by Tony Attwood
“Nothing is gained by teaching a parrot a new word.”
At 1300 GMT Untold Arsenal published its commentary on the Guardian’s piece “Talking points from the weekend’s action,” reviewing an article written by the editor of “Intelligent Life” which seemed to have no grasp whatsoever of Arsenal’s current form.
At 1407 GMT the Telegraph reported, in an email by Daniel Zeqiri, and sent to its subscribers that “Arsenal did not kick a ball this weekend but for the first time this season are officially favourites to beat Manchester United, Tottenham and West Ham to fourth and the final Champions League qualification spot.
“West Ham and Arsenal are the two most cohesive and structurally sound teams, although both were frustrated in their attempts to add a striker in the January transfer window and look shy of goalscorers.
“The inverse is true of United and Spurs, who have bountiful reserves of attacking firepower but suffer from defensive fragility and are still searching for their best starting XI combinations under new coaches Ralf Rangnick and Antonio Conte.”
It is an interesting reversal of everything we have been hearing. Through the transfer window there were ceaseless demands for Arsenal to buy and the transfer window was considered a disaster –
Arsenal transfer window in danger of turning into disaster (Mirror 26 January 2022)
Will Arsenal repeat a transfer window disaster? (Pain in the Arsenal 29 January 2022)
Arsenal’s £13.5m emergency deadline day transfer blocked (Football London 31 January 2022)
And on and on.
And not just this last window. For in the previous window there were more and more of the same, such as “Arsenal transfer nightmare to come true” from Team Talk. And indeed you could go back through virtually every transfer window and find more of the same.
So, to try and find some balance I searched for “Arsenal’s brilliant transfer window” but I couldn’t find anything. Instead what I found was a return to the old tactic of running transfer stories.
Barcelona playmaker wanted by Arsenal, (The Hard Tackle)
Arsenal plotting surprise bid for Chelsea star branded ‘real deal’ by Martin Keown (Daily and Sunday Express)
Then the Athletic came up with a counter approach which focused not on Arsenal’s failings (something very hard to maintain seriously given their position across the last six league games) but on Manchester United’s situation. That story appeared under the cover of “subscription only” here but recognising a sudden change of direction when they see one, the Manchester Evening News, TeamTalk, Give Me Sport, the Sun, Sports Keeda, Sky Sports, Sporting News, Bleacher Report, the Express, the Star, and many many more all had the story. It read…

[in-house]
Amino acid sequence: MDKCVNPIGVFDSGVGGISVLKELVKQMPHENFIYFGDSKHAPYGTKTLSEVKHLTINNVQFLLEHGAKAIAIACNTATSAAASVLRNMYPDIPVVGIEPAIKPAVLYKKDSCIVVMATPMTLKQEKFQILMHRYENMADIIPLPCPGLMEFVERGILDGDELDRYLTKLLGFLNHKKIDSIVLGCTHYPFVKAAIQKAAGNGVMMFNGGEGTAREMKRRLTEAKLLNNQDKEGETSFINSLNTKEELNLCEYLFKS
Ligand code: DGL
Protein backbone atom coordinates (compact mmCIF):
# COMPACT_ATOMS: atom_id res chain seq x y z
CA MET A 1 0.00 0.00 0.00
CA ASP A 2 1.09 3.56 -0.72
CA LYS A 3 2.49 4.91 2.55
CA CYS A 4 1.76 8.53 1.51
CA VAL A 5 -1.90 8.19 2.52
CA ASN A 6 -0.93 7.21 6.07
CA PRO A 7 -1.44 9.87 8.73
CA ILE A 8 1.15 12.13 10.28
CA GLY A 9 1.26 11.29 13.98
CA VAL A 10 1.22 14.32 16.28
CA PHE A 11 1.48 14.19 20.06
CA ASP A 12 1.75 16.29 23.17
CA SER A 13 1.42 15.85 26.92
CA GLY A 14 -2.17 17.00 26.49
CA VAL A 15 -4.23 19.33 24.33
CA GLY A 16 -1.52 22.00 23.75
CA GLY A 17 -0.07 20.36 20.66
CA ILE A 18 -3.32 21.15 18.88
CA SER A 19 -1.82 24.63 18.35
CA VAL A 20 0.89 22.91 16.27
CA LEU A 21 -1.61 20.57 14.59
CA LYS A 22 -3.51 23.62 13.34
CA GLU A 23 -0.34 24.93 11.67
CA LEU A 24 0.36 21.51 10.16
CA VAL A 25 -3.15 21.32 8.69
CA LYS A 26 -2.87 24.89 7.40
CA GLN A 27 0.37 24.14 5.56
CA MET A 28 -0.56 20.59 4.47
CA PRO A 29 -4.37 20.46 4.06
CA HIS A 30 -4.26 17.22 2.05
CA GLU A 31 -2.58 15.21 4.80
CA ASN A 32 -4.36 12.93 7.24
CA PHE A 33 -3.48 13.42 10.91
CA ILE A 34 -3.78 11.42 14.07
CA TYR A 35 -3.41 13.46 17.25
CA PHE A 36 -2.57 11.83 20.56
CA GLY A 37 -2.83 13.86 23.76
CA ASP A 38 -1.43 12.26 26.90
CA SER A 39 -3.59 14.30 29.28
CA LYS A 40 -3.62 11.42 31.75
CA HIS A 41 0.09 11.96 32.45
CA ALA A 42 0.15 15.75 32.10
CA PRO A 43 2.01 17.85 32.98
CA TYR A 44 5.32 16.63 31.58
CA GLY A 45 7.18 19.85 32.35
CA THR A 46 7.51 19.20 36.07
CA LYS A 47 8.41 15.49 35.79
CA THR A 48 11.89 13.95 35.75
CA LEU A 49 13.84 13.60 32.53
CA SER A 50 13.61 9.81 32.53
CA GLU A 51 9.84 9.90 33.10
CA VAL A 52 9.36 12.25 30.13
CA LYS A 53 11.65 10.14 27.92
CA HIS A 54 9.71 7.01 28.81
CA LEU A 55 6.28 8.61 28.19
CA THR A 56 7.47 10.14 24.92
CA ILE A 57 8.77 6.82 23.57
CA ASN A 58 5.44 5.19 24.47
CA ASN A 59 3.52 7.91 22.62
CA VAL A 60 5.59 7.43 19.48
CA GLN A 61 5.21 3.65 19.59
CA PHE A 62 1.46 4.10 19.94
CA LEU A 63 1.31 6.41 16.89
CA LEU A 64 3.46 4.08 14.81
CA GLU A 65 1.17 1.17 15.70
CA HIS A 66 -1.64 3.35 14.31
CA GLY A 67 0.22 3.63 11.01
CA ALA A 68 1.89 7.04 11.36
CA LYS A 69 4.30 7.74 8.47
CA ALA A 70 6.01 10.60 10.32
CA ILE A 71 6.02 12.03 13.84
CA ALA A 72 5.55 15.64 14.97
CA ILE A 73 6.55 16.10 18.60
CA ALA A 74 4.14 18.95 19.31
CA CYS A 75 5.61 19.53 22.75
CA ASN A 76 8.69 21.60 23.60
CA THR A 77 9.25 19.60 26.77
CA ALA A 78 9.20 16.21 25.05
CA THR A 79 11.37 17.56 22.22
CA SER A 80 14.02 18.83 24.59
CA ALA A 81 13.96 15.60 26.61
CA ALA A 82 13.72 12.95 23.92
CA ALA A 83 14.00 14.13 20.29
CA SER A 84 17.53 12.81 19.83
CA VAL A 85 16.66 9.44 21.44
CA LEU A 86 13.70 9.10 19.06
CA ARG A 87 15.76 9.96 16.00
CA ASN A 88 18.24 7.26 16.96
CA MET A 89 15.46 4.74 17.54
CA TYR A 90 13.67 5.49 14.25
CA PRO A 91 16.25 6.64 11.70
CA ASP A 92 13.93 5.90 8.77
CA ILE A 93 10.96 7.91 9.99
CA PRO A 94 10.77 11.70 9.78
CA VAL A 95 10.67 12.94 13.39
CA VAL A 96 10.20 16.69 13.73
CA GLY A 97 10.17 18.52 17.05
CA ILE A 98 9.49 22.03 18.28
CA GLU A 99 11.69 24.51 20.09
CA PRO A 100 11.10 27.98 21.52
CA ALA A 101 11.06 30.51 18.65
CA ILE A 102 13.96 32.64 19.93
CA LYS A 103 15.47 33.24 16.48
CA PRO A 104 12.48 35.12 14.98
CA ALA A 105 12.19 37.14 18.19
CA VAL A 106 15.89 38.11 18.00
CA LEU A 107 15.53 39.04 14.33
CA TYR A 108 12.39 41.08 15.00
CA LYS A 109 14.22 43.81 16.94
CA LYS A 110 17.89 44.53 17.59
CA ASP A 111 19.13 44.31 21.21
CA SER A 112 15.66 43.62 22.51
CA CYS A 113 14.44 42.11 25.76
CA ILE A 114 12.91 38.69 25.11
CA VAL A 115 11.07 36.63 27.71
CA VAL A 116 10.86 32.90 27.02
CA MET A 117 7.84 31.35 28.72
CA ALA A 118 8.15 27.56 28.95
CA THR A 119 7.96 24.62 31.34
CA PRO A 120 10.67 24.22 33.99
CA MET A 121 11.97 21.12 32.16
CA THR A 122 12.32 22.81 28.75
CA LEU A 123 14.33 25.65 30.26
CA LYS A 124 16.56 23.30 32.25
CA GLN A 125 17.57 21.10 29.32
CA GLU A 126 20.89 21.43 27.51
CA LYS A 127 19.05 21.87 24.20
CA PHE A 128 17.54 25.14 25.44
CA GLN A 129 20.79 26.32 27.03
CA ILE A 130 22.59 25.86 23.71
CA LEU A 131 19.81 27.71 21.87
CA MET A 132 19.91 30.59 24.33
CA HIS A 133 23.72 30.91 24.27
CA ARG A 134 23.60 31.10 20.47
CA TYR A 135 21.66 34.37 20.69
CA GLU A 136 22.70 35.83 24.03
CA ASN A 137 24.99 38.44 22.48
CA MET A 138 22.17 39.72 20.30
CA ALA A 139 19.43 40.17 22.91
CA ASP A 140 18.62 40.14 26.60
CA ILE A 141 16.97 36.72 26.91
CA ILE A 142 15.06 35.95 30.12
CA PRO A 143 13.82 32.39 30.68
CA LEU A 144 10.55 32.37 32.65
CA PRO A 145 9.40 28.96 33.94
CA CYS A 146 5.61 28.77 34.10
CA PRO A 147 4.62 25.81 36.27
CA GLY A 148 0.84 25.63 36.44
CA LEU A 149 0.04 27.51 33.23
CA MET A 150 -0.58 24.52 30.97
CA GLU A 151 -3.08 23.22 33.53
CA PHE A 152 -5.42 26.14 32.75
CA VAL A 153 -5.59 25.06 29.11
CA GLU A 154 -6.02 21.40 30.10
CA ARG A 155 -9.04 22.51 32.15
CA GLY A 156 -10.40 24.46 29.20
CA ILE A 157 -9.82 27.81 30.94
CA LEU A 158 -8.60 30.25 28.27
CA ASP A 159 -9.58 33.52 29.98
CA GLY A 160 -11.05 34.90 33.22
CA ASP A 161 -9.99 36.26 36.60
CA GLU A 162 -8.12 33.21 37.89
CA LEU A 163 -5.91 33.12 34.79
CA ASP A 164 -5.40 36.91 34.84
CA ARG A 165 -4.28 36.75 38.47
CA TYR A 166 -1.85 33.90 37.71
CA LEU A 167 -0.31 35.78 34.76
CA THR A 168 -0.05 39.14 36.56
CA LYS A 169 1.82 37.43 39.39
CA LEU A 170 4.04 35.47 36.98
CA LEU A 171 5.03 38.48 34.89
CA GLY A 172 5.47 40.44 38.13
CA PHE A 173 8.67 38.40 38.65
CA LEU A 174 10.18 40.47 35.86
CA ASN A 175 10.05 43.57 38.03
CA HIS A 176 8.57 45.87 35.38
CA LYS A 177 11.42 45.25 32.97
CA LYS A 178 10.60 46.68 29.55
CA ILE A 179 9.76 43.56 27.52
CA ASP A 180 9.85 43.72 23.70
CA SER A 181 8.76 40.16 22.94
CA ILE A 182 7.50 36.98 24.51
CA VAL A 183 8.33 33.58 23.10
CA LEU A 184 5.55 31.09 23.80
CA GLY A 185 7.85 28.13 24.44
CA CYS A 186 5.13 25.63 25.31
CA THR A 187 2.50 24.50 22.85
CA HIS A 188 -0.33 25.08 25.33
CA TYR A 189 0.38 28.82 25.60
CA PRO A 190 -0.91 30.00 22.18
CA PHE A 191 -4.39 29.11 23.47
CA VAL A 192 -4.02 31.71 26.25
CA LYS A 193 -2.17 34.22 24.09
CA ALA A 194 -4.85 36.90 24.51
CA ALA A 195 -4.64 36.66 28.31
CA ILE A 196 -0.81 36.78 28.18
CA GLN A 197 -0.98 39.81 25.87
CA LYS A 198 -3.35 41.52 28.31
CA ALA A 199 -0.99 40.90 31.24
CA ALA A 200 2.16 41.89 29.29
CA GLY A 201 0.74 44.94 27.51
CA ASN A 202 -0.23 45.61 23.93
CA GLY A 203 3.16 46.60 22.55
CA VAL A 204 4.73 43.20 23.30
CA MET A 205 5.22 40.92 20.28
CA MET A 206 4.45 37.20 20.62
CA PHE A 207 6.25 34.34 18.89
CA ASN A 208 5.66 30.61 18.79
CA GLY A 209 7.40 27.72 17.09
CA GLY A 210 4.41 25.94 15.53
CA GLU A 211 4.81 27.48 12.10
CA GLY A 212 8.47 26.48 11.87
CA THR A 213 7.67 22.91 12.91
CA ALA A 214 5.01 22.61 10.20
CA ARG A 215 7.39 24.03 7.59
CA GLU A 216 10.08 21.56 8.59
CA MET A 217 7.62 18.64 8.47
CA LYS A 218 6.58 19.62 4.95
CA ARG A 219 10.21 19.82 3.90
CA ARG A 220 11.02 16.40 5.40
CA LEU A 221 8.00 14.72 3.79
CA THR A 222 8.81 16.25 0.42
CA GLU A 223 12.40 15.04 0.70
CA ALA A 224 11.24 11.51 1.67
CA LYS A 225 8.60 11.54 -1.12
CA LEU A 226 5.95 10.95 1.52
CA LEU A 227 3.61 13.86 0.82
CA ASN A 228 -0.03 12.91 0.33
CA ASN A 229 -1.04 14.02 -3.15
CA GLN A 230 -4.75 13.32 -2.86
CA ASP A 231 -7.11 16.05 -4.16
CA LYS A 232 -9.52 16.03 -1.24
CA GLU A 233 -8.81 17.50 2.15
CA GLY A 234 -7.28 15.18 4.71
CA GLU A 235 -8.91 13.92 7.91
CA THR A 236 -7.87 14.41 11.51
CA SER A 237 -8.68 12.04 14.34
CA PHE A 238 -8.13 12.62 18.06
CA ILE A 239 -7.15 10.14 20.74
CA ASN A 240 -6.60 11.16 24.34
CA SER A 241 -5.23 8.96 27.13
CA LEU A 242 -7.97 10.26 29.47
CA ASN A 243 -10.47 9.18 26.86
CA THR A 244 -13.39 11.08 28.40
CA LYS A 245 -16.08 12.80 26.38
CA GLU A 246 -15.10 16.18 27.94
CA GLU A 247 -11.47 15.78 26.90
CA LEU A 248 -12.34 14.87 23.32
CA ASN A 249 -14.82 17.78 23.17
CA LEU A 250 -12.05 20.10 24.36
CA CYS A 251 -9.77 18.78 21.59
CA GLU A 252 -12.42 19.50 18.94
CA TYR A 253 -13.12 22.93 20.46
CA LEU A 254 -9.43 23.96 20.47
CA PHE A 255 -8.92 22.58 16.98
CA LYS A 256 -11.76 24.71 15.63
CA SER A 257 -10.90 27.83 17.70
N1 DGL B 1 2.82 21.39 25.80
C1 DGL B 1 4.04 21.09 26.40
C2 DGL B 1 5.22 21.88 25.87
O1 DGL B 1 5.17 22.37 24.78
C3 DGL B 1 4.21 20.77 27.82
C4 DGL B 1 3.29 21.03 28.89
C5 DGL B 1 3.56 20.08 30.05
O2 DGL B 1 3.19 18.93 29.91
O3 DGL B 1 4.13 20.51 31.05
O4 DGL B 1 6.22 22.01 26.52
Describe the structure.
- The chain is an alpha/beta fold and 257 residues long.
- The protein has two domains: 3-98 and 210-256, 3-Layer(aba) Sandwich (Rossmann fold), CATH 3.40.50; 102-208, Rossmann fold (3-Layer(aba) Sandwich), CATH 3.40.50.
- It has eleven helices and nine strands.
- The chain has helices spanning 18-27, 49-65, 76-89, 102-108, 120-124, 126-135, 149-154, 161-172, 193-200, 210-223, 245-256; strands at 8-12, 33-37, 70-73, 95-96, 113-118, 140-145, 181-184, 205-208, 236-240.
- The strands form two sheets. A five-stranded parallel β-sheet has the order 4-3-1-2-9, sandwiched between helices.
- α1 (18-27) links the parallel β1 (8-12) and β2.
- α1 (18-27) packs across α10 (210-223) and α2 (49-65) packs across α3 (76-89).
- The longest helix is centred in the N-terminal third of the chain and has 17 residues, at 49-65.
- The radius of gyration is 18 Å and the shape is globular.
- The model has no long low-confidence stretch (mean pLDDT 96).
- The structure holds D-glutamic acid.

“When I look at Manchester United, I see chaos, a team lacking any kind of discernible identity and an institution bereft of strategy, whose last three managers, if you include Michael Carrick, have been temporary appointments.
“They have become an interim football club — a club of caretakers, where authority has become diluted and players inhabit a world of excuses — who have spent an absolute fortune to become truly unexceptional.
“On the pitch, they are frayed and ragged, edgy and bad-tempered…” and on and on.
Now where on earth have we ever seen something like this before, in which one day Arsenal are the club in chaos, the club that cannot sign a player because they dither, a club with an owner running it from afar, a club that can’t score and can’t defend… and then the next day there is no mention of Arsenal but instead, it all switches over to a criticism of another club, in this case “a club of caretakers…”
Well, forget football if you can, for just one minute, because this sudden switching of criticism and praise was brought to our attention long, long ago, and it had nothing to do with football, but it told us all we need to know about football journalism today.
As the Atlantic reminded us, citing a comment by George Orwell from 1946 (yes 76 years ago), “Nothing is gained by teaching a parrot a new word. What is needed is the right to print what one believes to be true, without having to fear bullying or blackmail from any side.”
Do these journalists who pour out this identical format football reporting day after day, and who are utterly afraid ever to criticise anything a referee does, and who dare not mention how many times Arsenal have had the same referee over and over again, believe what they are writing? I doubt it very much.
But they are parrots. And let us constantly remember, “Nothing is gained by teaching a parrot a new word.”